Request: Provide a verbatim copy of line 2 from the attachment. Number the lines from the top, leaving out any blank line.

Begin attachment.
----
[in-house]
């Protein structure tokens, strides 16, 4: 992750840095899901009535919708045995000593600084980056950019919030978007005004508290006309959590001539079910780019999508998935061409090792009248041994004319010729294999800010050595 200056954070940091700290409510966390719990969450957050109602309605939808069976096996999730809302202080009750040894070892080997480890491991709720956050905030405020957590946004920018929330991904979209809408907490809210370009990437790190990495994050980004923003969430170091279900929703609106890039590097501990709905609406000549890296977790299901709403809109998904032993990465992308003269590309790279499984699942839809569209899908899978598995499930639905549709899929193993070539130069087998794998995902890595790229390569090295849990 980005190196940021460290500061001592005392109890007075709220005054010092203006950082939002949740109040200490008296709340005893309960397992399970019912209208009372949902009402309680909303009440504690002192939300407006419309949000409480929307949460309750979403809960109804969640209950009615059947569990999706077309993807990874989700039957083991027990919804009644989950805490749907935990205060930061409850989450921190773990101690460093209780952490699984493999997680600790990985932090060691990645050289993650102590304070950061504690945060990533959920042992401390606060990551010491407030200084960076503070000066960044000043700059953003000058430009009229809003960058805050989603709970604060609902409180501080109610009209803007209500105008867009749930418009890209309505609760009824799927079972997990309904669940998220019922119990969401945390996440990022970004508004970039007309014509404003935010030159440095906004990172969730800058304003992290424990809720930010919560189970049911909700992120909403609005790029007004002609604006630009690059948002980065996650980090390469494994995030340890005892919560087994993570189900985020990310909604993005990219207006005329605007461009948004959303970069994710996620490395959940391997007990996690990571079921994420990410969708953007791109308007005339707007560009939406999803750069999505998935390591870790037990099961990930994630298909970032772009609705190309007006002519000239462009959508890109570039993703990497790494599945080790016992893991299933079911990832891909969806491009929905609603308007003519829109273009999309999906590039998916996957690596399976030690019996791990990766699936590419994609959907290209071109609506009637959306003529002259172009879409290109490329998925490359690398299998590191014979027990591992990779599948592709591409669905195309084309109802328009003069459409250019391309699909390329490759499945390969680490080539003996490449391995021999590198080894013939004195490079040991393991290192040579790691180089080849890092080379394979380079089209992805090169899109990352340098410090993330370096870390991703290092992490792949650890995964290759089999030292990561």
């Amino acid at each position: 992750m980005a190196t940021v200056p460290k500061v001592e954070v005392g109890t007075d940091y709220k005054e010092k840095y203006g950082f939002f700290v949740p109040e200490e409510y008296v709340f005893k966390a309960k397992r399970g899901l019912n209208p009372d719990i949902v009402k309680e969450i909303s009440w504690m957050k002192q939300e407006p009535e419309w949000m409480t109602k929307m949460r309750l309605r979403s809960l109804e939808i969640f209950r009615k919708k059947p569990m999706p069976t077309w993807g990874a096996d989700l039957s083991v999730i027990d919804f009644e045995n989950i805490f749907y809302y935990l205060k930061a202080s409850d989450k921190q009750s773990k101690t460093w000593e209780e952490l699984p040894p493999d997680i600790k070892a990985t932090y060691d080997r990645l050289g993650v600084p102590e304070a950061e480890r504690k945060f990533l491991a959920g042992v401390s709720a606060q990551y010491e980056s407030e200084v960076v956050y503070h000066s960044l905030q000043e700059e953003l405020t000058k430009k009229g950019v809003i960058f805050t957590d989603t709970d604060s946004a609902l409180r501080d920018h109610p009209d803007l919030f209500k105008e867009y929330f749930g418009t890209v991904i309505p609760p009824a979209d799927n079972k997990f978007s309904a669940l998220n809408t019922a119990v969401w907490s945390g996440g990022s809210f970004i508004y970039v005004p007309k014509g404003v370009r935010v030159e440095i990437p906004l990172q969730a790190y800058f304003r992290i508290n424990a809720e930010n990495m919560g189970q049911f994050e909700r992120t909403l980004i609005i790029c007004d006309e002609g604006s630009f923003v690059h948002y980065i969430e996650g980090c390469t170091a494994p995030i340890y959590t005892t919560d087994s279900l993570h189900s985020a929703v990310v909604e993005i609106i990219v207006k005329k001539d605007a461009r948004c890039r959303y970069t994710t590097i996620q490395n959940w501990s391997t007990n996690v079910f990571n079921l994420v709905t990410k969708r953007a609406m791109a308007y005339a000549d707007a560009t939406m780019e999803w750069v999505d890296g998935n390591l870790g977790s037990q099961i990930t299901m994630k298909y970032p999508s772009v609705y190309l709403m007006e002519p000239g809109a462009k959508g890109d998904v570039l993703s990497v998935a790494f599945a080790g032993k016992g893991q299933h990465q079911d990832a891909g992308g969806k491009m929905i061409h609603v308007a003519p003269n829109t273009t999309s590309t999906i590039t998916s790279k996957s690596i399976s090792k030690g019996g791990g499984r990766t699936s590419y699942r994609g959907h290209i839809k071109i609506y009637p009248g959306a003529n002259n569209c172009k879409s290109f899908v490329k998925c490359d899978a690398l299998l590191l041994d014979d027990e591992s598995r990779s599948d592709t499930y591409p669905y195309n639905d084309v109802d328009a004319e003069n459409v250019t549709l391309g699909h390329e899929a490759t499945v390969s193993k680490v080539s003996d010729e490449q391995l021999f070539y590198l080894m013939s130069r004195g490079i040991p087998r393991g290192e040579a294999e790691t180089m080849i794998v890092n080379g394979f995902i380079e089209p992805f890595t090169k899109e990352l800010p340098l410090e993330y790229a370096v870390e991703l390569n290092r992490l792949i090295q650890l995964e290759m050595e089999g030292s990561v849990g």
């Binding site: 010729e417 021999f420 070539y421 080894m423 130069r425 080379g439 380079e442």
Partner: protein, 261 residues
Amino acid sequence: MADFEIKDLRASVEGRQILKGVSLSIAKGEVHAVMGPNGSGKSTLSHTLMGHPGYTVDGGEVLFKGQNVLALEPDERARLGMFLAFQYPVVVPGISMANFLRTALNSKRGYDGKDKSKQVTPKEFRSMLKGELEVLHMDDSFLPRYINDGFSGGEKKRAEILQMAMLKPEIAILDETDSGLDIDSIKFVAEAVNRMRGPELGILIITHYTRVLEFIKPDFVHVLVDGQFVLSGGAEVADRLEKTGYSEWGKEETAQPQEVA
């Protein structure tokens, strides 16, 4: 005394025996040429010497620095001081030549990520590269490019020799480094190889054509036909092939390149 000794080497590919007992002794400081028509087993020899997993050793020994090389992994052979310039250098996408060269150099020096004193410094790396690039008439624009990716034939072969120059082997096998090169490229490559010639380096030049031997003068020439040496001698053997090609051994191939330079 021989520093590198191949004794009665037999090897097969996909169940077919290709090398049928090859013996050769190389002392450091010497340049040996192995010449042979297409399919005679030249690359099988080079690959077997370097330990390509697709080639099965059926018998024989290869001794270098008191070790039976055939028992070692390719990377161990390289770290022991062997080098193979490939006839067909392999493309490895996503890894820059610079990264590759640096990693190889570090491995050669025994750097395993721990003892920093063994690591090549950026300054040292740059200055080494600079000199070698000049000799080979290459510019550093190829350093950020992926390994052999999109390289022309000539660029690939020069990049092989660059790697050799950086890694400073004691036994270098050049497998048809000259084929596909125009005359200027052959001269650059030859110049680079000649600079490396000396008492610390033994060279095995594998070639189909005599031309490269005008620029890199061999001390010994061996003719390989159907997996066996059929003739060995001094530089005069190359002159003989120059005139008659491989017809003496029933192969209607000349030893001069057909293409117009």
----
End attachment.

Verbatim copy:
């Protein structure tokens, strides 16, 4: 992750840095899901009535919708045995000593600084980056950019919030978007005004508290006309959590001539079910780019999508998935061409090792009248041994004319010729294999800010050595 200056954070940091700290409510966390719990969450957050109602309605939808069976096996999730809302202080009750040894070892080997480890491991709720956050905030405020957590946004920018929330991904979209809408907490809210370009990437790190990495994050980004923003969430170091279900929703609106890039590097501990709905609406000549890296977790299901709403809109998904032993990465992308003269590309790279499984699942839809569209899908899978598995499930639905549709899929193993070539130069087998794998995902890595790229390569090295849990 980005190196940021460290500061001592005392109890007075709220005054010092203006950082939002949740109040200490008296709340005893309960397992399970019912209208009372949902009402309680909303009440504690002192939300407006419309949000409480929307949460309750979403809960109804969640209950009615059947569990999706077309993807990874989700039957083991027990919804009644989950805490749907935990205060930061409850989450921190773990101690460093209780952490699984493999997680600790990985932090060691990645050289993650102590304070950061504690945060990533959920042992401390606060990551010491407030200084960076503070000066960044000043700059953003000058430009009229809003960058805050989603709970604060609902409180501080109610009209803007209500105008867009749930418009890209309505609760009824799927079972997990309904669940998220019922119990969401945390996440990022970004508004970039007309014509404003935010030159440095906004990172969730800058304003992290424990809720930010919560189970049911909700992120909403609005790029007004002609604006630009690059948002980065996650980090390469494994995030340890005892919560087994993570189900985020990310909604993005990219207006005329605007461009948004959303970069994710996620490395959940391997007990996690990571079921994420990410969708953007791109308007005339707007560009939406999803750069999505998935390591870790037990099961990930994630298909970032772009609705190309007006002519000239462009959508890109570039993703990497790494599945080790016992893991299933079911990832891909969806491009929905609603308007003519829109273009999309999906590039998916996957690596399976030690019996791990990766699936590419994609959907290209071109609506009637959306003529002259172009879409290109490329998925490359690398299998590191014979027990591992990779599948592709591409669905195309084309109802328009003069459409250019391309699909390329490759499945390969680490080539003996490449391995021999590198080894013939004195490079040991393991290192040579790691180089080849890092080379394979380079089209992805090169899109990352340098410090993330370096870390991703290092992490792949650890995964290759089999030292990561």